Vaginal Dryness Atrophy Treatment Symptoms Remedies Cause

Vaginal Dryness Atrophy Treatment Symptoms Remedies Cause

Vaginal Dryness and Vaginal Atrophy

Vaginal atrophy is the thinning of the vaginal wall that occurs during menopause in women. Before menopause, the vaginal lining is plump, bright red, and moist. As estrogen levels decline, the lining becomes thinner, drier, lighter in color, and less elastic. This normal change is noticed by many perimenopausal and postmenopausal women.

Estrogen levels decrease as menopause approaches. Estrogens, produced by the ovaries, control the development of female body characteristics and regulate the menstrual cycle and pregnancy.

Most women reach menopause between the ages of 45-55, but it can happen earlier or later. Every woman is different, and the timing and severity of symptoms in the menopausal transition can vary.

Symptoms associated with vaginal dryness and vaginal atrophy

Vaginal dryness, itching, irritation, and pain with sexual intercourse are common symptoms of vaginal atrophy. The changes in the vagina also increase the risk of vaginal infections.

Women may also experience other symptoms during the menopausal transition, such as hot flashes, night sweats, mood changes, fatigue, urinary tract infections, urinary incontinence, acne, memory problems, and unwanted hair growth.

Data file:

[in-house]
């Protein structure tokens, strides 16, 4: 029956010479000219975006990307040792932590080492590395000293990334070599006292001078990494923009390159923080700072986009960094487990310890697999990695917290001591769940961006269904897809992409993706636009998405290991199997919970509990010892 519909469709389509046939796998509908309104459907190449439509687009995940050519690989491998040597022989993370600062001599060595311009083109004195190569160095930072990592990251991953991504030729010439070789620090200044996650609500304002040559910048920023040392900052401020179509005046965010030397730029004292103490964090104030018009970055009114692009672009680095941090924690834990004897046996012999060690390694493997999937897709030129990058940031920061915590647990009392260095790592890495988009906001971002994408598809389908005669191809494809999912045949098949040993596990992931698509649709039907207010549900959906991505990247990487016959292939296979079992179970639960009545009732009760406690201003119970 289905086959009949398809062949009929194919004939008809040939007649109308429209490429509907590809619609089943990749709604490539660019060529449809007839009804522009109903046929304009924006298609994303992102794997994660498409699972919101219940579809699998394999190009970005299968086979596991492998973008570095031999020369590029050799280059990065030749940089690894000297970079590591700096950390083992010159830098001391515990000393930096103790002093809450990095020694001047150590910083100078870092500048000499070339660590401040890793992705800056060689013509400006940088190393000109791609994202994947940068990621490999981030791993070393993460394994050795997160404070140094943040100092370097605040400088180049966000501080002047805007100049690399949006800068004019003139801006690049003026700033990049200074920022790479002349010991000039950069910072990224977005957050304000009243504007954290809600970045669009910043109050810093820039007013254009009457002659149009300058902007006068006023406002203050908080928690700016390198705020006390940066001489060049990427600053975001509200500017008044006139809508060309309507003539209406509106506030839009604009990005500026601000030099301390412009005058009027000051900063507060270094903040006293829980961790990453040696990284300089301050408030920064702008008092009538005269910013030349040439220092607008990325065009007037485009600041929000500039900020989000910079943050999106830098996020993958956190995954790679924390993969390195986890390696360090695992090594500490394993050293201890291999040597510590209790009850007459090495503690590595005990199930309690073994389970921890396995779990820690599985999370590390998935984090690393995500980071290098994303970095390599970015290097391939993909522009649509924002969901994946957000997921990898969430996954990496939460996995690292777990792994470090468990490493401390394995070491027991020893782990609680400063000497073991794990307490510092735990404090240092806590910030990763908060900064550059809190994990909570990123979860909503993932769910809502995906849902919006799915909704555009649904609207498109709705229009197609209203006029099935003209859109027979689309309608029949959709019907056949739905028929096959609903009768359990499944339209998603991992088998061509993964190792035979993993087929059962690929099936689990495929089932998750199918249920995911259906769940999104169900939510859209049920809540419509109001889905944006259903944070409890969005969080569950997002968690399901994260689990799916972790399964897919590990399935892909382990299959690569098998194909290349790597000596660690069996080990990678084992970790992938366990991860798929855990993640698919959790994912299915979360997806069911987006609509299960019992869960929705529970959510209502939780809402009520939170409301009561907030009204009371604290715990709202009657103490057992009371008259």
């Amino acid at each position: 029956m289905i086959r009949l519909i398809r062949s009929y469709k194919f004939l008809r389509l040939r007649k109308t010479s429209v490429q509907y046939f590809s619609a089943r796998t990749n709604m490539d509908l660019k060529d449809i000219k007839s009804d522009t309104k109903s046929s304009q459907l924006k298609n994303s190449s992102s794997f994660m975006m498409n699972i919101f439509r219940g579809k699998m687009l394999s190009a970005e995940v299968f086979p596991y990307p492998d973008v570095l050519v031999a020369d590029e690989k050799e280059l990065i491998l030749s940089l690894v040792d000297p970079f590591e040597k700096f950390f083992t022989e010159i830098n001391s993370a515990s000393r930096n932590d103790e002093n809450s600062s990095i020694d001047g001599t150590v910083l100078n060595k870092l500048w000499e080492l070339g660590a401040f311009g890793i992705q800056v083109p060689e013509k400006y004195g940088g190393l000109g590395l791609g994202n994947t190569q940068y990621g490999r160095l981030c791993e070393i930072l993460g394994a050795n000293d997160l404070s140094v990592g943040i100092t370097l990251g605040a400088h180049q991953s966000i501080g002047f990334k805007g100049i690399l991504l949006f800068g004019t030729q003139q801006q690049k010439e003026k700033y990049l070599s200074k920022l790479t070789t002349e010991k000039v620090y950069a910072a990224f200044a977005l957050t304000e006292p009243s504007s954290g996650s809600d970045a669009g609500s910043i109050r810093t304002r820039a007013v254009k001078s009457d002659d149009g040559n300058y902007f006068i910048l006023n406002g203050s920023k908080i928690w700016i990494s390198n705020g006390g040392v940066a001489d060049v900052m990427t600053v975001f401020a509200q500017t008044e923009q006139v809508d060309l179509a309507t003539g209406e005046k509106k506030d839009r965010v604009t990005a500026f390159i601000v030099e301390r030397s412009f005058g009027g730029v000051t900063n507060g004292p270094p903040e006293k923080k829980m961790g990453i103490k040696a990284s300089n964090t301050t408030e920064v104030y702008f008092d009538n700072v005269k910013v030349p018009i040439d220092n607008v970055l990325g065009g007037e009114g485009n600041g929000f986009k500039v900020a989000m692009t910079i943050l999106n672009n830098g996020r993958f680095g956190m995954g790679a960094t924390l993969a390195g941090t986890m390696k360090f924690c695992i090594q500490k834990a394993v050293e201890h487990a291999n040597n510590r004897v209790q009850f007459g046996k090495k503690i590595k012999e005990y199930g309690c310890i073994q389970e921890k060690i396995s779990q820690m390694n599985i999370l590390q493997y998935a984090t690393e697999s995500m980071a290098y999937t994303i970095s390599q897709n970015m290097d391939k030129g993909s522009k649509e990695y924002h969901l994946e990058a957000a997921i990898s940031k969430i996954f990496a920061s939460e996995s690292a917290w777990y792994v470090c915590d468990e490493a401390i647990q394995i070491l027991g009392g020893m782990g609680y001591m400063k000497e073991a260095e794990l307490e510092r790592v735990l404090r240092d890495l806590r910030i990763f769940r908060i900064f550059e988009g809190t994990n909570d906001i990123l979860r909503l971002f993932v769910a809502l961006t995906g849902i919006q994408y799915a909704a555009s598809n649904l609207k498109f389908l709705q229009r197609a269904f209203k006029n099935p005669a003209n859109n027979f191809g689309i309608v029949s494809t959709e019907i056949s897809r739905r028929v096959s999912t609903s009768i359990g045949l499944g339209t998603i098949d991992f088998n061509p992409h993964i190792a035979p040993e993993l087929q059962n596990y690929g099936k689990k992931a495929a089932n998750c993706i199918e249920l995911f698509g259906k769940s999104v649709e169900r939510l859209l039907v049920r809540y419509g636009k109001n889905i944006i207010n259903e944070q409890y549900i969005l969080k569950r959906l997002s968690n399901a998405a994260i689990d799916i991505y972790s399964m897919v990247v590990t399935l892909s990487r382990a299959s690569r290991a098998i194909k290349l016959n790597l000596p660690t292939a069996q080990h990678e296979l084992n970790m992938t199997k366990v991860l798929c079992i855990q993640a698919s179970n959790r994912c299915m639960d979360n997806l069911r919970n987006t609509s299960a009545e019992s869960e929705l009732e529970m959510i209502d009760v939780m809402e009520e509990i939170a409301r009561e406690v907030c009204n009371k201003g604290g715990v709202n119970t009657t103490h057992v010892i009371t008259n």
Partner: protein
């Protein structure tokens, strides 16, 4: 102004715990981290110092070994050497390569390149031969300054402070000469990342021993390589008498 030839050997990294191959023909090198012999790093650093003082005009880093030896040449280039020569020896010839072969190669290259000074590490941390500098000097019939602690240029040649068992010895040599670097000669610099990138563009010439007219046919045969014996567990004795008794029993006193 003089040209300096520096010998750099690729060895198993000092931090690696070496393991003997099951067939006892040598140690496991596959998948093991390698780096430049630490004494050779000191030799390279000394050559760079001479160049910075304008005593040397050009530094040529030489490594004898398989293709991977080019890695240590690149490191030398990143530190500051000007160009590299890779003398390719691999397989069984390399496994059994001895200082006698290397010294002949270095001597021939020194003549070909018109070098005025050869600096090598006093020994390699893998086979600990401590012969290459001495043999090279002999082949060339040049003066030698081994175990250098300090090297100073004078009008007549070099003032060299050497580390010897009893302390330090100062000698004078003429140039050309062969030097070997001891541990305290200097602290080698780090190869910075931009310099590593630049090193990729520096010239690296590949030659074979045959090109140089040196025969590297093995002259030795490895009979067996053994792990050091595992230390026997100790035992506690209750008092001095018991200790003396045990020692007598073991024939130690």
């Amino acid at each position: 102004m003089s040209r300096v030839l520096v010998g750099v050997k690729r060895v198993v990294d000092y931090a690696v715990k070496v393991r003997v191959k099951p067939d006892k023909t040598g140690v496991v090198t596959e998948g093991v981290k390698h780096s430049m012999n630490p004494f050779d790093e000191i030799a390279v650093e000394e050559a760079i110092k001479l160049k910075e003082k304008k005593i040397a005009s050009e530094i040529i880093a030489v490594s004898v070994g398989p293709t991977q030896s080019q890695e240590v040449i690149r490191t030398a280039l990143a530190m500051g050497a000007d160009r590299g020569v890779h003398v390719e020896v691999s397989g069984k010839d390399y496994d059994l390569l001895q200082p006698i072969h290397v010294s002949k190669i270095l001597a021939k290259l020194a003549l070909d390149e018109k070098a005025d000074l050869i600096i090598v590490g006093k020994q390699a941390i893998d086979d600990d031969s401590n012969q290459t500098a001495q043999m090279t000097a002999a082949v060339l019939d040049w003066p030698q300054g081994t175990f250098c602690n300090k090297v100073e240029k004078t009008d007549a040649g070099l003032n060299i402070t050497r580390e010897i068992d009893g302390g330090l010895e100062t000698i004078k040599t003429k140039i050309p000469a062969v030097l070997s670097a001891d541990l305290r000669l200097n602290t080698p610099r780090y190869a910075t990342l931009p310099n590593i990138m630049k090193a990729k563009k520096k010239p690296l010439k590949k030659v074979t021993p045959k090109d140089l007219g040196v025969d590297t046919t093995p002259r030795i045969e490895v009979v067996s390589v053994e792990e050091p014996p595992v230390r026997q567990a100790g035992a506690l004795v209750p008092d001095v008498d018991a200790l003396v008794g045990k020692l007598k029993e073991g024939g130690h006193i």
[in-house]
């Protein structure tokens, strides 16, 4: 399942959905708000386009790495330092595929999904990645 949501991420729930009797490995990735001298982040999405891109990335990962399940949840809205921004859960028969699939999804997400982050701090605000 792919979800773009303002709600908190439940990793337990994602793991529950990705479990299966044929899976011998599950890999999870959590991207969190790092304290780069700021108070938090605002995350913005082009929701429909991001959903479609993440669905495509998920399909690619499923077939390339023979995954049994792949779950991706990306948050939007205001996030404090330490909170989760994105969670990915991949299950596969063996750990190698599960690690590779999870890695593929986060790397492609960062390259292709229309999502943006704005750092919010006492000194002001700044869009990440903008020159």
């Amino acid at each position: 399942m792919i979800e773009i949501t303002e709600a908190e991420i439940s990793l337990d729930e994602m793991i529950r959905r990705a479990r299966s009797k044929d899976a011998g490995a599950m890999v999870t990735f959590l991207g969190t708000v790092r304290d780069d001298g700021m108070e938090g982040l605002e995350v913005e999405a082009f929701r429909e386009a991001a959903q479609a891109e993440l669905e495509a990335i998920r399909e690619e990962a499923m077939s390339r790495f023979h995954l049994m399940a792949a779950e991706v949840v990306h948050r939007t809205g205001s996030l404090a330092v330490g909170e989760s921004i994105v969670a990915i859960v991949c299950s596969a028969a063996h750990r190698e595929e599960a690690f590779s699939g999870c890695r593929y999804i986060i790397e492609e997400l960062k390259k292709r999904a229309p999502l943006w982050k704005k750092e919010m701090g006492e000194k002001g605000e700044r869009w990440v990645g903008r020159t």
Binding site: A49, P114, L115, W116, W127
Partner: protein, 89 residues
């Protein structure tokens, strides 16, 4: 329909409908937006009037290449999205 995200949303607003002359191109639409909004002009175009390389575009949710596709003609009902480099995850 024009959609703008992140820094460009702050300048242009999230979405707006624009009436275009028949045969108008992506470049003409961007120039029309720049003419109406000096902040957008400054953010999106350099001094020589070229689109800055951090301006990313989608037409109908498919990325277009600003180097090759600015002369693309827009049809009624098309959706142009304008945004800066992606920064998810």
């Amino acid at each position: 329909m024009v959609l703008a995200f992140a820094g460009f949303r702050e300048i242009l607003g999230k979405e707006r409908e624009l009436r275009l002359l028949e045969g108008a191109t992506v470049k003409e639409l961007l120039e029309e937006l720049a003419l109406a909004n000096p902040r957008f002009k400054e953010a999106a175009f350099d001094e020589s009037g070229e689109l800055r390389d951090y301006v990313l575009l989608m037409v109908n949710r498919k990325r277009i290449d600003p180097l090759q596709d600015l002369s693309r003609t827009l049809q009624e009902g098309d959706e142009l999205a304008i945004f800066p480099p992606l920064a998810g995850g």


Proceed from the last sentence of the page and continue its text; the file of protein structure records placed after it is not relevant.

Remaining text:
Diagnosing vaginal dryness and vaginal atrophy

Typical vaginal symptoms, along with other menopausal transition symptoms, usually indicate vaginal dryness and vaginal atrophy. A physical examination, including a pelvic examination, is necessary to rule out other conditions causing vaginal symptoms. There are no specific tests available for measuring vaginal wall thickness or elasticity.

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Treatment options for vaginal dryness and vaginal atrophy

Vaginal dryness and atrophy may not require treatment unless they cause symptoms or discomfort. Hormone therapy (HT) is an effective treatment for reducing vaginal dryness and controlling associated symptoms. However, HT carries certain risks, including an increased risk of certain diseases.

Vaginal estrogen treatments in the form of rings, creams, or tablets, as well as non-hormonal options like moisturizers and lubricants, can also be used to manage vaginal dryness. Applying Betadine topically and soaking in warm water can help relieve symptoms of burning and vaginal pain after intercourse.

Prognosis for vaginal dryness and vaginal atrophy

Vaginal dryness and vaginal atrophy are common among postmenopausal women and can cause significant discomfort. Hormone treatments are highly effective in reducing symptoms, but the decision to use hormone therapy should consider the individual’s medical history and the risks and benefits of treatment. Mild symptoms can be managed with vaginal moisturizers and lubricants.

Medically reviewed by Wayne Blocker, MD; Board Certified Obstetrics and Gynecology.

References: Rossouw, J.E.; Anderson, G.L.; Prentice, R.L., et al. "Risks and benefits of estrogen plus progestin in healthy postmenopausal women: principal results From the Women’s Health Initiative randomized controlled trial." JAMA. 2002 Jul 17;288(3):321-33. doi: 10.1001/jama.288.3.321.

Utian, W.H.; Archer, D.F.; Bachmann, G.A., et al. "Estrogen and progestogen use in postmenopausal women: July 2008 position statement of The North American Menopause Society." Menopause. 2008 Jul-Aug;15(4 Pt 1):584-602.


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